Have you found a BABY squirrel?

If the squirrel is an older baby (moves around independently) but is docile or following people or pets (often will cling to pants or shoes) or can be caught, please call us at 713-468-8972.

If the baby is young (eyes are closed and not moving around much) and is uninjured, give the mother squirrel a chance to retrieve it. Place the baby in a shallow box at the base of the tree, closest to where it was found. Make sure the box is off the ground so ants can’t get into it (set it on a chair or nail it to the tree). If it is chilly outside or if the squirrel is cold to the touch or not fully furred, it will need a heat source such as a hot water bottle or a chemical hand warmer. Place a piece of soft fabric, such as fleece, between the animal and the heat source, and check to make sure both stay warm but not hot. Once you have placed the box on the ground, stand near the box and play the following audio of a baby squirrel cry from your phone to get the mother's attention. Quickly go back inside (or back very far away if you are not at home) so that you do not scare the mother squirrel and prevent her from coming down to retrieve the baby. Give the mother four hours to retrieve her young. NOTE: Do not attempt to reunite baby squirrels with the mother if they have been caught by a dog or cat. These cases will require medical attention even if there are no wounds visible.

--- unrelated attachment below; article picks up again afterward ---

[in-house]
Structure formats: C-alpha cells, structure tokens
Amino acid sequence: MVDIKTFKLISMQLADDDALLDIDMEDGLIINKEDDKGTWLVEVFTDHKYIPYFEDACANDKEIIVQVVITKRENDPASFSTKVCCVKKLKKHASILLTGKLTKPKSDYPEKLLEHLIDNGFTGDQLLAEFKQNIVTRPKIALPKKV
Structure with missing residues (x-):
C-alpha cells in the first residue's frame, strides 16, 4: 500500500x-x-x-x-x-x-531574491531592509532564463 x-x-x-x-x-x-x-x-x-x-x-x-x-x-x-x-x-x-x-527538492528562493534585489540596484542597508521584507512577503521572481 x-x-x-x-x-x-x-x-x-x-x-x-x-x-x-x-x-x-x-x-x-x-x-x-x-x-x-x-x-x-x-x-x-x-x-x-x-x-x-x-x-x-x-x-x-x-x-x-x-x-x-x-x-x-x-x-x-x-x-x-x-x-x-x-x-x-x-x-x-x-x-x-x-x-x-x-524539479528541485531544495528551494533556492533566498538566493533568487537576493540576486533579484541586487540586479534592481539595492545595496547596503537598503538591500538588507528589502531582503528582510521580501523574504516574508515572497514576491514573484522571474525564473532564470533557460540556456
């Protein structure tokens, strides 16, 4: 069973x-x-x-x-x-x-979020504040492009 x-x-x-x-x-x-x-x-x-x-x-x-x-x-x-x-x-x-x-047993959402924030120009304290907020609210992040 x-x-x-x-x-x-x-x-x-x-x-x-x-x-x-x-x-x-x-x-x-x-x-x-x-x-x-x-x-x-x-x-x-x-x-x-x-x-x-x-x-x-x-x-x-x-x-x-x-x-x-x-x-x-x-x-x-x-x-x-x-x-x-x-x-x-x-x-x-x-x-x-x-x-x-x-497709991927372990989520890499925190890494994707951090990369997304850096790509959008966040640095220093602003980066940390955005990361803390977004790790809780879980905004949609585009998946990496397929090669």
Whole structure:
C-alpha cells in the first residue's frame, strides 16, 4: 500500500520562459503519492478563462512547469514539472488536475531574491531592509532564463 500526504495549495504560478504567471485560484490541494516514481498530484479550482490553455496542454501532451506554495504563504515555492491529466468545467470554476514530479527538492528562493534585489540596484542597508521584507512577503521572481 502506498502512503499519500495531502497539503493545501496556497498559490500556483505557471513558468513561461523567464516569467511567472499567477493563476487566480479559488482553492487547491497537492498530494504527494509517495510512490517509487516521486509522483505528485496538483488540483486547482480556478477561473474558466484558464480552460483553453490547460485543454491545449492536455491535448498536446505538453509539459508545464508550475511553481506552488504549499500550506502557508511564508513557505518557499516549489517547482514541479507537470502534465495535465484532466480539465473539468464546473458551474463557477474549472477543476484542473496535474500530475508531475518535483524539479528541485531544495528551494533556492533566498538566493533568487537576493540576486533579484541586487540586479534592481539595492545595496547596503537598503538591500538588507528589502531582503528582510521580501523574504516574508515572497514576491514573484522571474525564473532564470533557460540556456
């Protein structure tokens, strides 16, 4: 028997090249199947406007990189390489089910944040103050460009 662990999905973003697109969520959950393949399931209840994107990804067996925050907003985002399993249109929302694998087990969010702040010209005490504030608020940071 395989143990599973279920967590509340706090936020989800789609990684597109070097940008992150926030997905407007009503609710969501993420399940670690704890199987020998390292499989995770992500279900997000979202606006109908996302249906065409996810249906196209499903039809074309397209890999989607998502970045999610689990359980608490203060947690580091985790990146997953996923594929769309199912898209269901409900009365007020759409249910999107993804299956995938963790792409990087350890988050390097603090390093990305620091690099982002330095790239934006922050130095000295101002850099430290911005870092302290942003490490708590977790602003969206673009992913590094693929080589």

Bring the box inside during nighttime hours and follow the Temporary Care Instructions for All Animals on the previous page. If the mom does not retrieve the squirrel after 4 hours, please call us at 713-468-8972. NOTE: If there are tree trimmers working during the 4 hours, the mother may not retrieve her young while they are there, so please call us.

Have you found an injured ADULT squirrel?

If you have found an injured adult squirrel, please follow the instructions under “Does the animal seem to be ill or injured?" on the previous page.

General Information about Squirrels in the Houston Area

There are 3 species of squirrels in the greater Houston area: the eastern gray squirrel (Sciurus carolinensis), the eastern fox squirrel (Sciurus niger), and the southern flying squirrel (Glaucomys volans). These squirrels' breeding periods occur twice each year, typically in the middle of summer and again near the end of winter. After successful mating occurs, gestation lasts about 44 days. Litters can include up to nine babies, but the average litter includes only two or three. The mean life expectancy for a gray squirrel at birth is 1-2 years; the average life span of an adult is closer to six years. Records for maximum life span are 12 years in the wild. Their maximum life expectancy is typically 12.6 years for females and 8.6 years for males. The life expectancy of flying squirrels in the wild is about six years.

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